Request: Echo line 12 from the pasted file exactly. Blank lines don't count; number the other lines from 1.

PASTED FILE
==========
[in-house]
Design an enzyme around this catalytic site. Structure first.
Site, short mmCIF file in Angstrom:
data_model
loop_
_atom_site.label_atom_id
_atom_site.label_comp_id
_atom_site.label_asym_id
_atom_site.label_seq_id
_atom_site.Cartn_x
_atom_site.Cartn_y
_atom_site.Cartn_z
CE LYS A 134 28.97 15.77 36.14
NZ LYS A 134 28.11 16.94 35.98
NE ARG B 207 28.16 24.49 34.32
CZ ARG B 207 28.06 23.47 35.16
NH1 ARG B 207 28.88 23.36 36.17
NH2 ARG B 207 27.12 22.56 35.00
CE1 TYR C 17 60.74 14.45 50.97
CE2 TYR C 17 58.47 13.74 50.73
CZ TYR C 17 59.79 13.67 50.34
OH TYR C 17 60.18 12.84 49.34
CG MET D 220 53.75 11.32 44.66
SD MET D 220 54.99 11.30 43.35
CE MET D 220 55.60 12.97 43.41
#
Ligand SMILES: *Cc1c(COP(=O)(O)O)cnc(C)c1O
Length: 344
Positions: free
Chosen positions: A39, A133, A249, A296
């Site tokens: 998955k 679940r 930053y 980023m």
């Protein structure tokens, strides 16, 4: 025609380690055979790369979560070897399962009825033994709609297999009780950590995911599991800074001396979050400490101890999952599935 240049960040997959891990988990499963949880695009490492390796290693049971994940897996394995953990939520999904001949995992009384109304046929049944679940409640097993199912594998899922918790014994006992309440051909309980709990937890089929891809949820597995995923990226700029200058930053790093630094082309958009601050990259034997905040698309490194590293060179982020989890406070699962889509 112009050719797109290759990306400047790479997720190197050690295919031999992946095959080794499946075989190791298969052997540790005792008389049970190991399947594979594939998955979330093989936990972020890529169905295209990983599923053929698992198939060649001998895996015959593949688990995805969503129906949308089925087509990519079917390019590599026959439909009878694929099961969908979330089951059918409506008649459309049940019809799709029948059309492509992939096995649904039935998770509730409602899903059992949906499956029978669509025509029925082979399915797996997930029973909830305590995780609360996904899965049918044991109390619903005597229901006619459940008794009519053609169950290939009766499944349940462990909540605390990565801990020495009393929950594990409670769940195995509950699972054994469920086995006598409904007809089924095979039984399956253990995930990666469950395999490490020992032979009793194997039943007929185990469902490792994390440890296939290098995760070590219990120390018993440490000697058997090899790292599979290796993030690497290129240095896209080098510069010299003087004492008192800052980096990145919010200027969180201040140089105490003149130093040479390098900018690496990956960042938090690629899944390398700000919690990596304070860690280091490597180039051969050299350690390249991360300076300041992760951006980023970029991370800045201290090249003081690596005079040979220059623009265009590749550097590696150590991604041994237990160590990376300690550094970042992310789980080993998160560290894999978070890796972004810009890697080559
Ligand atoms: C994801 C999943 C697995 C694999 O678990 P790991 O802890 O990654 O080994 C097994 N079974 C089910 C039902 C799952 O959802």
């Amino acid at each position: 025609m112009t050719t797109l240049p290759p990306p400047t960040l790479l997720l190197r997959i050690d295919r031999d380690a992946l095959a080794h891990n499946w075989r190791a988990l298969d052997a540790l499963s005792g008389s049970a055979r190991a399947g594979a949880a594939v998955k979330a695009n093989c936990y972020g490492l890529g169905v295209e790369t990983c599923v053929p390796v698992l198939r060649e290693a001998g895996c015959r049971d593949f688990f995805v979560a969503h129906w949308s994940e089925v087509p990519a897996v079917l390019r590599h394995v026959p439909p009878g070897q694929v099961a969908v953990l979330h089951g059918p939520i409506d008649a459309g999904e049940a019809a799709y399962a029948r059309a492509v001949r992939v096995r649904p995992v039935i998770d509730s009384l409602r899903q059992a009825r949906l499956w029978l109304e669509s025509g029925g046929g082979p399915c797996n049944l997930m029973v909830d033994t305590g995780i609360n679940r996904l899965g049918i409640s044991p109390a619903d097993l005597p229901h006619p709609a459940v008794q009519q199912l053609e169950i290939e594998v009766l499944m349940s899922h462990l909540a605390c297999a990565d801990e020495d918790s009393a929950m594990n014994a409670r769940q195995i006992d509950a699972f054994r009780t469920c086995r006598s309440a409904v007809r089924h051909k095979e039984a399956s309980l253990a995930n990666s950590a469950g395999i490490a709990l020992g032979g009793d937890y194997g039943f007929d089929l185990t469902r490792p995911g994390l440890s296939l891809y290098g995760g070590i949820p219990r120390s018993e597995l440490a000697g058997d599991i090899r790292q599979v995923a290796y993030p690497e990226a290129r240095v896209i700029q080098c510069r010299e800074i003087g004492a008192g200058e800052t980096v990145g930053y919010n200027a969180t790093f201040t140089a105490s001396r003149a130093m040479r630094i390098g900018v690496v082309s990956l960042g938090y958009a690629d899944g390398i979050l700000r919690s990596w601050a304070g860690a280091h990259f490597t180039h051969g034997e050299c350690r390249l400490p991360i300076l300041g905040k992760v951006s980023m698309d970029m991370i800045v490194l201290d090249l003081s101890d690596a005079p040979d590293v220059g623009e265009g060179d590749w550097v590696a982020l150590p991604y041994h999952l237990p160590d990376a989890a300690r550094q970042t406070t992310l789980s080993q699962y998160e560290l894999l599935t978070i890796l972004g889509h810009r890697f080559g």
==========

_atom_site.Cartn_z